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Researchers circumvented biometric identification by vascular pattern with a fake hand

They needed 2500 photographs of the hand and its wax cast.

Making cast of hands. Photo: Jan Kissler, Julian Albrecht

At the hacker conference Chaos Communication Congress in Leipzig (Germany), information security experts Jan Kissler and Julian Albrecht presented a reporton the deception of biometric authentication systems based on vascular design. Experts told Motherboard portal more about their research .

This authentication system scans the shape, size and general pattern of vessels under the skin of a person’s hand, and compares the resulting image with the available image. To deceive the test, the researchers for all time made about 2500 photographs of the hand, using a camera that had an infrared filter removed, which made it possible to better distinguish the veins under the skin. Based on the most appropriate image, they created a wax cast of a hand, which was enough to bypass the authentication system.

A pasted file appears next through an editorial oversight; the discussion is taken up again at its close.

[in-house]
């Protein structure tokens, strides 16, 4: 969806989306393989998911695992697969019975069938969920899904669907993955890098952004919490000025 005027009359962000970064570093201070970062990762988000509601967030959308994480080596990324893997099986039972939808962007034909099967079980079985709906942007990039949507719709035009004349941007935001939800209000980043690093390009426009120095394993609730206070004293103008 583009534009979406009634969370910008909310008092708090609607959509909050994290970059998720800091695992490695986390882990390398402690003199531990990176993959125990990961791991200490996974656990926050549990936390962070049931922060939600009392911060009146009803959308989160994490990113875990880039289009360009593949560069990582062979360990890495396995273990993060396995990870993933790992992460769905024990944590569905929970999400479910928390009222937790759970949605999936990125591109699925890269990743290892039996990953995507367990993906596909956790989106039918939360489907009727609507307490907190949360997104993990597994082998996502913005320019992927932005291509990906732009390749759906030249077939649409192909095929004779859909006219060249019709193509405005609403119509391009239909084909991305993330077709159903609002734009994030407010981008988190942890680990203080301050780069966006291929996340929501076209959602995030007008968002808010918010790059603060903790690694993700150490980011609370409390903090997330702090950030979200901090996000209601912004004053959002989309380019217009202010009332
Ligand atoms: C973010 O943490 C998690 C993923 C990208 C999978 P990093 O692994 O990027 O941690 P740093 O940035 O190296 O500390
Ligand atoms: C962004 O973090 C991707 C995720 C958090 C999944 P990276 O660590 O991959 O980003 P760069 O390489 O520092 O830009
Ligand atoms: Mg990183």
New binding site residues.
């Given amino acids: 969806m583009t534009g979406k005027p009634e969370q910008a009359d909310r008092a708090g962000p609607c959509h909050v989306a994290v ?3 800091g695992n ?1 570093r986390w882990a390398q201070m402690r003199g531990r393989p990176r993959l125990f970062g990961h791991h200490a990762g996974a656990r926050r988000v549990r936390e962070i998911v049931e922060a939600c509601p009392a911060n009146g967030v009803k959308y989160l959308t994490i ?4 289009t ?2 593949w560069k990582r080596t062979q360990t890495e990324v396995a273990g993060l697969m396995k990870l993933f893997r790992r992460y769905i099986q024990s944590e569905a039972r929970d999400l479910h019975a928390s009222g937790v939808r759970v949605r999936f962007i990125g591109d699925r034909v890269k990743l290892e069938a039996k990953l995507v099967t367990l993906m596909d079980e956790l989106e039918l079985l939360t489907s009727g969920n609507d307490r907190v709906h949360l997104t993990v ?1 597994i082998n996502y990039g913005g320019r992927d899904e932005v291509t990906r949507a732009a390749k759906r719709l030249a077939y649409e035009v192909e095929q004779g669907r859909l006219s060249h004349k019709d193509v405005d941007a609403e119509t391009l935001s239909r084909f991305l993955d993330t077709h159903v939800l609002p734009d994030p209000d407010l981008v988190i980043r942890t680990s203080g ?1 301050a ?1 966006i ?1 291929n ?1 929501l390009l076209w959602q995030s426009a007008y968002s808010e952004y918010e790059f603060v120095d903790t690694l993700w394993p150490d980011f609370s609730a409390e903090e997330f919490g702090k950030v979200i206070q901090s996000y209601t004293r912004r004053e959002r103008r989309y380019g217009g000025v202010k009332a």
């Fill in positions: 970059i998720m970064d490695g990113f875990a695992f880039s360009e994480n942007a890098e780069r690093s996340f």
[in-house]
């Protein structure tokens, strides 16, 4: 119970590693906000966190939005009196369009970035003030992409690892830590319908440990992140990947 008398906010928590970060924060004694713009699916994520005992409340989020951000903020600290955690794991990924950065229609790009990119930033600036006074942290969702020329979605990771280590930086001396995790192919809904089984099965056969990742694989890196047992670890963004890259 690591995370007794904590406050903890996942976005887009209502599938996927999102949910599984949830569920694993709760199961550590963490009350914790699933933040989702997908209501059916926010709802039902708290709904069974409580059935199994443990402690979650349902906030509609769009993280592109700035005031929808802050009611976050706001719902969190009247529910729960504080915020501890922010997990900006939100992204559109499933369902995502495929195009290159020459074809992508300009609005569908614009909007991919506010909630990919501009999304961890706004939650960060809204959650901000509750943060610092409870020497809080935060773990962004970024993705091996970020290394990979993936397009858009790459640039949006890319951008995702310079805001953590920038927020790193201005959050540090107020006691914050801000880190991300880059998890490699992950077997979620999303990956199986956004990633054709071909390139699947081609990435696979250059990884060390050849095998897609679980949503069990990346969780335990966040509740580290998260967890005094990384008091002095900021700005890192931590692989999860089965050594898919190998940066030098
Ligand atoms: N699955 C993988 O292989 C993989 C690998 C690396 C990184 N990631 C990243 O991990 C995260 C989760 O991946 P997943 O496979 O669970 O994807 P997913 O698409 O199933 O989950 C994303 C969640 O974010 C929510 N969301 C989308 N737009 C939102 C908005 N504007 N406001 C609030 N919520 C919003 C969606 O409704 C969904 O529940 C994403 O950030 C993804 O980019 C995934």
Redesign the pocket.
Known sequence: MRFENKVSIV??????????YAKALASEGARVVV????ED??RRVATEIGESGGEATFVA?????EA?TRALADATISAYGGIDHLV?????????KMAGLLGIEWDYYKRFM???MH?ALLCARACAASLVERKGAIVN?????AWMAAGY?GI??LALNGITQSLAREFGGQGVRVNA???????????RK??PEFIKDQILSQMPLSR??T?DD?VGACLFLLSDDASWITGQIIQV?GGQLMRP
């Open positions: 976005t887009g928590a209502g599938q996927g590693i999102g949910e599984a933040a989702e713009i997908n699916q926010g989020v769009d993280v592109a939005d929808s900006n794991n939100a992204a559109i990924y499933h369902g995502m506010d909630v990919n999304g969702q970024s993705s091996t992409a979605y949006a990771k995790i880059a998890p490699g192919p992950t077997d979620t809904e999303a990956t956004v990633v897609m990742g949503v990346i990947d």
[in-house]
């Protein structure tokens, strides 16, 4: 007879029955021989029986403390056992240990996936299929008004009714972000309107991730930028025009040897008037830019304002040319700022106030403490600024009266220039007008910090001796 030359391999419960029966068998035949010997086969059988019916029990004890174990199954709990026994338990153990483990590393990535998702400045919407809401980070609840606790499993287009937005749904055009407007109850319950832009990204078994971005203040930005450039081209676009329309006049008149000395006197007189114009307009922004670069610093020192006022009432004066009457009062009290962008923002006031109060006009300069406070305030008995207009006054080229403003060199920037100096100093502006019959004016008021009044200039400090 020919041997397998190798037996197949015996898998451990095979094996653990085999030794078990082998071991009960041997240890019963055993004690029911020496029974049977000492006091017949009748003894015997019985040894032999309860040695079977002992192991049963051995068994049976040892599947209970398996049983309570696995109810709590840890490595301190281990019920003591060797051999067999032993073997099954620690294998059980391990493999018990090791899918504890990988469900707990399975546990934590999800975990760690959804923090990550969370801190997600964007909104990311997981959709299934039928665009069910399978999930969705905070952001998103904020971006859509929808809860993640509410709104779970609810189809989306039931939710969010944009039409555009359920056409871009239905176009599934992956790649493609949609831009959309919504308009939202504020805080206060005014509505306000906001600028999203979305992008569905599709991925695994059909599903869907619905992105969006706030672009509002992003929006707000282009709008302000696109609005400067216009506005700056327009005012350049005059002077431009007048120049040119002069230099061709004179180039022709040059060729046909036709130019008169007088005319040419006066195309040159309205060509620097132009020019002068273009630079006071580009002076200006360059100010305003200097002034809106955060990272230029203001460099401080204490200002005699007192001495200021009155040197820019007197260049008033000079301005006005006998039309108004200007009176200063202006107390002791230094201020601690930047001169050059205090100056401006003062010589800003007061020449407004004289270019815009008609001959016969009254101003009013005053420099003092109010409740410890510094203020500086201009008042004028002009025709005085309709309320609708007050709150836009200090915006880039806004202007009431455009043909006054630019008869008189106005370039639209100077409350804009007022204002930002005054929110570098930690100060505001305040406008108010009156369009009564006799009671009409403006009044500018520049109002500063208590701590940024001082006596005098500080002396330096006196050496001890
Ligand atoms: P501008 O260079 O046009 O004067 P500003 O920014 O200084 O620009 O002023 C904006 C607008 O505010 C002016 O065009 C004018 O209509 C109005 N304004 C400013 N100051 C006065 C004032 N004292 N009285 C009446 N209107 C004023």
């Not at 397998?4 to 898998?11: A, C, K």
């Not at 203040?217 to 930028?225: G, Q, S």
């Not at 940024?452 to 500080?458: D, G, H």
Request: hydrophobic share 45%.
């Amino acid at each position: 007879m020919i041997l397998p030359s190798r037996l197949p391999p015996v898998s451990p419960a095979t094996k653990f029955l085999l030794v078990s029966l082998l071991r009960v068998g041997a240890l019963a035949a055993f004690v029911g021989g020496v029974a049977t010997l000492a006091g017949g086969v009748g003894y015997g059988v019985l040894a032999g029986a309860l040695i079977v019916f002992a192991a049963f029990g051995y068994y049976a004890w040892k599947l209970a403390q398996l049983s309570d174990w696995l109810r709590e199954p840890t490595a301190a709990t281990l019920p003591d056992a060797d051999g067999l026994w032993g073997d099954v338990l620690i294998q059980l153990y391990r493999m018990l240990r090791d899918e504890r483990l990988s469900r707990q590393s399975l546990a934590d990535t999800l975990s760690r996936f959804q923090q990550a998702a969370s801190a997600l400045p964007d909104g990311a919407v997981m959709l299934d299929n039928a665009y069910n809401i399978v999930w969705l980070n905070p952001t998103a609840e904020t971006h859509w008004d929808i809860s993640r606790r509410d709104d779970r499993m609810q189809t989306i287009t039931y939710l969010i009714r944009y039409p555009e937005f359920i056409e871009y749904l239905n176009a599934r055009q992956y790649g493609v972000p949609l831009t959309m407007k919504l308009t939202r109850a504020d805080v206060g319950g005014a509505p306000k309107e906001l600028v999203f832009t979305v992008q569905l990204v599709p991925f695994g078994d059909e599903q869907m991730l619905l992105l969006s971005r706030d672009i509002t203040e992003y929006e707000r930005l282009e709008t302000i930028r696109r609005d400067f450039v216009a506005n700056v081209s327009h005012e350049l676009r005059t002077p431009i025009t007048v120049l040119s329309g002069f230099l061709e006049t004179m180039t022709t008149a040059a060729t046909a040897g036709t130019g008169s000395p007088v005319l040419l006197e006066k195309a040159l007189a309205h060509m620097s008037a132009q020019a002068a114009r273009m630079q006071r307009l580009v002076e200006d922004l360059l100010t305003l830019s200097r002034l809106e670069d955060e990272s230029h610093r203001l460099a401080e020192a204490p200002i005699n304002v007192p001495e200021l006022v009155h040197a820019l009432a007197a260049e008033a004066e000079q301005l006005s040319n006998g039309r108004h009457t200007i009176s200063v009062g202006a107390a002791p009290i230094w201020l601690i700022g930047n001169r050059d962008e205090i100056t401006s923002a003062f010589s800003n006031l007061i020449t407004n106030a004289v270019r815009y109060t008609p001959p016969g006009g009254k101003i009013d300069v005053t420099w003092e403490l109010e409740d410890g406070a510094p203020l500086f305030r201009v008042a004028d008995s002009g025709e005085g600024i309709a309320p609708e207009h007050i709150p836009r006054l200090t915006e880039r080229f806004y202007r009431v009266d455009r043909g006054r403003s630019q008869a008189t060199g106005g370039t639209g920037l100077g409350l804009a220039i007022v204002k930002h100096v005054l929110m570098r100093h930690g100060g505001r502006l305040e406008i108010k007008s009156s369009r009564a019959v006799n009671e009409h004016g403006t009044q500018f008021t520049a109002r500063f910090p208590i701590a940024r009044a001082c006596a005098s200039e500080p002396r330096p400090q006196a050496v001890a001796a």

Slides from the report of researchers showing hand made. Photo: Jan Kissler, Julian Albrecht

The experts revealed the details of their research to Fujitsu and Hitachi specialists who are developing similar biometric systems, however, as the Motherboard writes, have not yet received any response from the companies. All the work took about a month from Chrissler and Albrecht, and experts fear that “a well-funded and resourced adversary, such as the state, may repeat this study on a broader and more efficient scale.”

[perfectpullquote align=”full” bordertop=”false” cite=”” link=”” color=”” class=”” size=””]Biometrics is always an arms race. Manufacturers improve their systems, then hackers come and break them, and then it all starts again.[/perfectpullquote]
Ian chissler
Security expert
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